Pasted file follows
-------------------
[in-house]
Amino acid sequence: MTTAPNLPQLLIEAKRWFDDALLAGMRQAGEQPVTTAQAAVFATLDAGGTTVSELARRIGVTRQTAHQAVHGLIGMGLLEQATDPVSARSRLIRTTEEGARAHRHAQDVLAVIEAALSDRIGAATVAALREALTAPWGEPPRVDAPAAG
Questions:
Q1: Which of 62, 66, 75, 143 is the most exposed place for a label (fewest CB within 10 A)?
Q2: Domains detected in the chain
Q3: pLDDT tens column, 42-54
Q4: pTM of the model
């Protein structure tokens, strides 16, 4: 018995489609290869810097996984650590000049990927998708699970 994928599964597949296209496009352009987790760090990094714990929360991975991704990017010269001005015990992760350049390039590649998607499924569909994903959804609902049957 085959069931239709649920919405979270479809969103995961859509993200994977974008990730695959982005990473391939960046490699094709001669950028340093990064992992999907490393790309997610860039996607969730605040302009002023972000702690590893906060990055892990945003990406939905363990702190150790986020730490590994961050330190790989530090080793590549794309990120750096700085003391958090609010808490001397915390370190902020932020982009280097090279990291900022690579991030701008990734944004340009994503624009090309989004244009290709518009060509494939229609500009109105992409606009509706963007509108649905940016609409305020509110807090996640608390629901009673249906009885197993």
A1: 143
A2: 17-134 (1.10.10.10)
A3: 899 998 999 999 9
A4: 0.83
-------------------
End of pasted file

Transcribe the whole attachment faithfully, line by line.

[in-house]
Amino acid sequence: MTTAPNLPQLLIEAKRWFDDALLAGMRQAGEQPVTTAQAAVFATLDAGGTTVSELARRIGVTRQTAHQAVHGLIGMGLLEQATDPVSARSRLIRTTEEGARAHRHAQDVLAVIEAALSDRIGAATVAALREALTAPWGEPPRVDAPAAG
Questions:
Q1: Which of 62, 66, 75, 143 is the most exposed place for a label (fewest CB within 10 A)?
Q2: Domains detected in the chain
Q3: pLDDT tens column, 42-54
Q4: pTM of the model
């Protein structure tokens, strides 16, 4: 018995489609290869810097996984650590000049990927998708699970 994928599964597949296209496009352009987790760090990094714990929360991975991704990017010269001005015990992760350049390039590649998607499924569909994903959804609902049957 085959069931239709649920919405979270479809969103995961859509993200994977974008990730695959982005990473391939960046490699094709001669950028340093990064992992999907490393790309997610860039996607969730605040302009002023972000702690590893906060990055892990945003990406939905363990702190150790986020730490590994961050330190790989530090080793590549794309990120750096700085003391958090609010808490001397915390370190902020932020982009280097090279990291900022690579991030701008990734944004340009994503624009090309989004244009290709518009060509494939229609500009109105992409606009509706963007509108649905940016609409305020509110807090996640608390629901009673249906009885197993």
A1: 143
A2: 17-134 (1.10.10.10)
A3: 899 998 999 999 9
A4: 0.83